29 WHEN ARE WE PERFECTLY IN TUNE – OR WHEN IS IT GOOD ENOUGH? 100% TIME AVAILABLE FOR SESSION 0% TIME SPENT TUNING TIME SPENT PLAYING TO ACHIEVE ZERO TUNING ERROR TO ACHIEVE ACCEPTABLE TUNING WITH TYPICAL VIOL MAINTENANCE (TVM) TO ACHIEVE ACCEPTABLE TUNING WITH GOOD VIOL MAINTENANCE (GVM) TUNING ERROR DEGREE OF TUNING SATIS- FACTION 100% MARGINALLY TOLER- ABLE 0 TUNING ERROR DEGREE OF SESSION ENJOYMENT 0 GVM TVM ACCEPTABLE SWEET SPOT

30 THE SECRETS OF GOOD VIOL TUNING MAINTAIN YOUR VIOL IN TIP-TOP CONDITION BE WILLING AND ABLE TO TUNE YOUR FRETS AS READILY AS YOUR PEGS IF FRETS ARE NOT DOUBLED, TUNE FRETS APPROPRIATE TO THE PIECE BEING PLAYED LEARN TO RECOGNIZE AND LISTEN FOR BEATS – ESPECIALLY SLOW BEATS LEARN THE “FEELING” OF THE SOUND WHEN BEATS DISAPPEAR ALWAYS TUNE ALL FOURTHS SLIGHTLY WIDER THAN PURE (ALL FIFTHS SLIGHTLY NARROWER THAN PURE) ALWAYS TUNE SHARPED NOTES LOW ( S ARE “SHARPS” IN FLATTED KEY SIGNATURES) ALWAYS TUNE FLATTED NOTES HIGH ( S ARE “FLATS” IN SHARPED KEY SIGNATURES) ALWAYS TUNE AND PLAY YOUR VIOL(S) WITH THE APPROPRIATE A-FREQUENCY THE DAY BEFORE A CONSORT SESSION CAREFULLY LISTEN TO INTONATION AS YOU PLAY AND QUICKLY CORRECT TUNING PROBLEMS AT THE NEXT BREAK IN THE MUSIC WHEN CHECKING AN OPEN STRING, LISTEN BEFORE TURNING THE PEG IT MAY ALREADY BE GOOD ENOUGH (NO PERCEPTIBLE BEATING) CONSIDER DOUBLING THE FRET IN THE FIRST FRET POSITION (DON’T SPLIT THE EXISTING FRET) IF YOU ENJOY THE SONORITY OF PURE HARMONIES, DOUBLE FRETS IN OTHER FRET POSITIONS, PARTICULARLY THE FOURTH AND SIXTH FOR BASSES, AND ALSO THE THIRD FOR TENORS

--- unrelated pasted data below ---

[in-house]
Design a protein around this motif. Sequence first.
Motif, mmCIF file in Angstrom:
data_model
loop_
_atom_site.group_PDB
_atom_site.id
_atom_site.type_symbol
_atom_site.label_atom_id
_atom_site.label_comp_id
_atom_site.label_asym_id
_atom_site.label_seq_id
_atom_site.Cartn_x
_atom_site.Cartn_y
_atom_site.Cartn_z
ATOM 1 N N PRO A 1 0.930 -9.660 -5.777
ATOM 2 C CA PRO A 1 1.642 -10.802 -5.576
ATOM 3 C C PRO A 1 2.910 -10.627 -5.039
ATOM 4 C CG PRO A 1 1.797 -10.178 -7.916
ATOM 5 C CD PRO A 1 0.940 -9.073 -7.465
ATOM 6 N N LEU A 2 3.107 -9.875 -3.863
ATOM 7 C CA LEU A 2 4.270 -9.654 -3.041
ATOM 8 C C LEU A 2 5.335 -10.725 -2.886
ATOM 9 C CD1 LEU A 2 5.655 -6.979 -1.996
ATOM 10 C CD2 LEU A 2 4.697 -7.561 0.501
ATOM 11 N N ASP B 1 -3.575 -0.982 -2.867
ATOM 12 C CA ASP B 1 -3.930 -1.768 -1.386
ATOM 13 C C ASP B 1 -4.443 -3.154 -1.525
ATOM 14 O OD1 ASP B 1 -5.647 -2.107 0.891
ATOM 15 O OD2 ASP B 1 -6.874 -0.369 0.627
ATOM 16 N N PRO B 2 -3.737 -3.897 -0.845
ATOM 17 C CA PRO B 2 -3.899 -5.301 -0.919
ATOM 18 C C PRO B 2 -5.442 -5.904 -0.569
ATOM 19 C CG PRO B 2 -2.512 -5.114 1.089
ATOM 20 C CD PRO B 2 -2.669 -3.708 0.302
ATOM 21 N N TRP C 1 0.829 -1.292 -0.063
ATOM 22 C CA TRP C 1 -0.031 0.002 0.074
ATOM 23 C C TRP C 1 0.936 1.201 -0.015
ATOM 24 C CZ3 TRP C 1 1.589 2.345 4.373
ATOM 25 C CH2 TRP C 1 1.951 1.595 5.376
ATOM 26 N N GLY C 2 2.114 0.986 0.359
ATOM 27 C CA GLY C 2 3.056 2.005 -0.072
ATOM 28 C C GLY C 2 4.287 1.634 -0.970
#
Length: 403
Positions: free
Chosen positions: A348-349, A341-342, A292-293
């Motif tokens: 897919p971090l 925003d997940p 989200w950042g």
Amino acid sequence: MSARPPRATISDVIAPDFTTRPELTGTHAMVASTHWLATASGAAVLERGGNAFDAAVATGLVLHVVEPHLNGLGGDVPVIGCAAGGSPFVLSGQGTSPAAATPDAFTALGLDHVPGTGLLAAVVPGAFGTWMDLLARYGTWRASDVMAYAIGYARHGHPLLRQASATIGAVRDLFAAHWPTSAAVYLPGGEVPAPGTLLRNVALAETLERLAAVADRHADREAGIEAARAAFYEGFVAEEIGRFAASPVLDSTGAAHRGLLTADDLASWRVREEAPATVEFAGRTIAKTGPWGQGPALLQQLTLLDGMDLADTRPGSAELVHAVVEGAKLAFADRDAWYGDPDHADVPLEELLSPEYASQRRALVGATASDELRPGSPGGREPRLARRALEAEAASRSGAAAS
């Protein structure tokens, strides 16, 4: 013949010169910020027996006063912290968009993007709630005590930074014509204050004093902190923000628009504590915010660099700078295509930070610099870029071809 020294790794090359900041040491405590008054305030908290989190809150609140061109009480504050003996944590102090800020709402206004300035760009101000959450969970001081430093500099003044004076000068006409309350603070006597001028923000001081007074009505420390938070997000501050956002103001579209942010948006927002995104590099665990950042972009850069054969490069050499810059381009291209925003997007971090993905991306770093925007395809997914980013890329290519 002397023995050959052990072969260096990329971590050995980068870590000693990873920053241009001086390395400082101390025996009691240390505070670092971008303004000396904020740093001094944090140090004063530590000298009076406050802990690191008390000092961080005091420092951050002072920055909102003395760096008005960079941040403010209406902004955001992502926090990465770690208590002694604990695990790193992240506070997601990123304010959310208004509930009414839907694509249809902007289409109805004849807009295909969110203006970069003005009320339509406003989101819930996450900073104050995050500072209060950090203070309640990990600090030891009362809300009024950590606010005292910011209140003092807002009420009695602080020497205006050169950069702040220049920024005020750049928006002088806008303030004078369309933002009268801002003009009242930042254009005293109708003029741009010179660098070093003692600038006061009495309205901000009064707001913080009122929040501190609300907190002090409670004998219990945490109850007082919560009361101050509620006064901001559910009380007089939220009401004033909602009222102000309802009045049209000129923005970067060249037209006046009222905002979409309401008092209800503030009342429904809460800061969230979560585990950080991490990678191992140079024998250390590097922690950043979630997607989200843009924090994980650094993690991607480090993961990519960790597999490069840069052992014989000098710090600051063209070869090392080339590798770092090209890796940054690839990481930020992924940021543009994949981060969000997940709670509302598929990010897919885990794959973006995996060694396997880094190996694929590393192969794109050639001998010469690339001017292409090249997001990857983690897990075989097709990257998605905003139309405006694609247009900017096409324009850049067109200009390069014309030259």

31 BIBLIOGRAPHY Barbour, J. Murray. Tuning and Temperament: A Historical Survey. East Lansing: Michigan State College Press, 1951; Reprint, New York: Dover Publications, 2004 Duffin, Ross W. How Equal Temperament Ruined Harmony. New York: W. W. Norton & Co., 2007 Ganassi, Sylvestro. Regola Rubertina and Lettione Seconda. Venice English translation by Richard Bodig. Artarmon NSW Australia: Saraband Music, 1999 Gouk, Penelope. Music, Science, and Natural Magic in Seventeenth-Century England. London: Yale University Press, 1999 Helmholtz, Herman von. On the Sensations of Tone; translated by A. J. Ellis, 4 th edition 1885 Reprint, New York: Dover Publication, 1954 Lindley, Mark: ‘Temperaments, 9. Fretted Instruments’ Grove Music Online ed. L. Macy (Accessed 24 January 2007), Meyer, Christian: ‘Observations pour une analyse des tempéraments des instruments à cordes pincées: le luth de Hans Gerle (1532)’, Revue de musicologie © 1985 Société Française de MusicologieSociété Française de Musicologie Moore, Brian C. J.: Introduction to the Psychology of Hearing. New York: Academic Press, 2003 Shepherd, Martin: ‘Tuning and Temperament”, Wikla, Arto: ‘Vincenzo Galileo [sic] about glued frets etc.’,